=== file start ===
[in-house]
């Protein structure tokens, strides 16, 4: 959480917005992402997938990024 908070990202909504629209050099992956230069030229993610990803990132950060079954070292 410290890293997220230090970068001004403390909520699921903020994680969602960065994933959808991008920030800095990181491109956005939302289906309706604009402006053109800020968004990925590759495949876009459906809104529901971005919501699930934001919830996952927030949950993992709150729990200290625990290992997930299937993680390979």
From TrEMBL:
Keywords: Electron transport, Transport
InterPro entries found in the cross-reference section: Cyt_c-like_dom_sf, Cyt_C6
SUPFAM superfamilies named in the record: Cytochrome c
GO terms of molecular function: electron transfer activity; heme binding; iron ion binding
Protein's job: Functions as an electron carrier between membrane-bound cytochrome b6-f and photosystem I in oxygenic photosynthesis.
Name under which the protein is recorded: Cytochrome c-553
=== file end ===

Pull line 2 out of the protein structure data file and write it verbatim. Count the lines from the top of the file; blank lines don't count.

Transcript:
């Protein structure tokens, strides 16, 4: 959480917005992402997938990024 908070990202909504629209050099992956230069030229993610990803990132950060079954070292 410290890293997220230090970068001004403390909520699921903020994680969602960065994933959808991008920030800095990181491109956005939302289906309706604009402006053109800020968004990925590759495949876009459906809104529901971005919501699930934001919830996952927030949950993992709150729990200290625990290992997930299937993680390979």